Second-generation antipsychotics captured most of the U.S. antipsychotic market shortly after their introduction. Little is known about how second-generation antipsychotics have diffused in other countries with different health systems. The study objective was to describe trends in antipsychotic use in the United States and France from 1998 to 2008.
Pharmaceutical policies in France and the United States are briefly described, followed by descriptive data on quarterly prescriptions for oral antipsychotics dispensed between January 1998 and September 2008. Data are from Xponent for the United States and the GERS database for France. Trends in the use of first- versus second-generation antipsychotics and in ingredient formulations of second-generation antipsychotics used are reported.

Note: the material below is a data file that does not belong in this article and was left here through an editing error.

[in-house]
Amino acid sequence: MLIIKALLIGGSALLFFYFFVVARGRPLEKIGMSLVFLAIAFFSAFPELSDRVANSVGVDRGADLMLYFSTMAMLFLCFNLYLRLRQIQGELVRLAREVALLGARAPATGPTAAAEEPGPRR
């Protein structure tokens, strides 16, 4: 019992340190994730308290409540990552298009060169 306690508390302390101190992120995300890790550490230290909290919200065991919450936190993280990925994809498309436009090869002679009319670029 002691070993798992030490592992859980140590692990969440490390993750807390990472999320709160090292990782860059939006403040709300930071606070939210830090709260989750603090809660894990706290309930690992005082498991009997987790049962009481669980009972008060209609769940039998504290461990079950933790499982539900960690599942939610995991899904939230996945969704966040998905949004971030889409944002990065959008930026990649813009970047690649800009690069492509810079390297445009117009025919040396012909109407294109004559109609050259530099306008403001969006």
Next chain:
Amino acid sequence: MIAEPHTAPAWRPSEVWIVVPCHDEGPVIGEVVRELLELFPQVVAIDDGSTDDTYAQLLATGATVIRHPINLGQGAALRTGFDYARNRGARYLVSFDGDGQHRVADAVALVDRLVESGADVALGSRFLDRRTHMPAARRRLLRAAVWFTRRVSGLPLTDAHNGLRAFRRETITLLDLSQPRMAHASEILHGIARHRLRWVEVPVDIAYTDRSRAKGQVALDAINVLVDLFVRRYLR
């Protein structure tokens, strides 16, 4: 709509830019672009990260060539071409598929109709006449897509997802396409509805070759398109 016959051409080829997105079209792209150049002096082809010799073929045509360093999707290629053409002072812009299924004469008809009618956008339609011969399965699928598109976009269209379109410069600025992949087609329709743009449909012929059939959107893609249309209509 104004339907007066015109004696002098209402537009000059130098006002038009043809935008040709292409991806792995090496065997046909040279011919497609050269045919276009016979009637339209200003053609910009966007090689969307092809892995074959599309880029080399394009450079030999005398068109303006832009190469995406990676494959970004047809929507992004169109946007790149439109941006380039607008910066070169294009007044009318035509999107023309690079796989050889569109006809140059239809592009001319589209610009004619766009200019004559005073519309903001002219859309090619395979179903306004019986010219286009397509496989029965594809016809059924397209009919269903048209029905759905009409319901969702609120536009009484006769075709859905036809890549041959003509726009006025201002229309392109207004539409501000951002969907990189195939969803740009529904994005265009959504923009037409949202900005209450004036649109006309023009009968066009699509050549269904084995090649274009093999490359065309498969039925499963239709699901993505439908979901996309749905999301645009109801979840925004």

Between 1998 and 2008, total antipsychotic use in the United States increased by 78%. Total use in France was consistently higher despite a 9% decrease during the period. By 2008, second-generation antipsychotics represented 86% of the antipsychotics sold in the U.S. market, versus only 40% of the French market. However, average annual growth rates in use of second-generation antipsychotics were similar in the two countries. In France, use of all but one second-generation antipsychotic steadily increased, whereas in the United States trends in the use of newer drugs varied substantially by drug. For example, use of olanzapine decreased after 2003, but use of quetiapine increased.
These results highlight markedly divergent trends in the diffusion of new antipsychotics in France and the United States. Some differences may be explained by differences in health systems; others may reflect physicians’ preferences and norms of practice.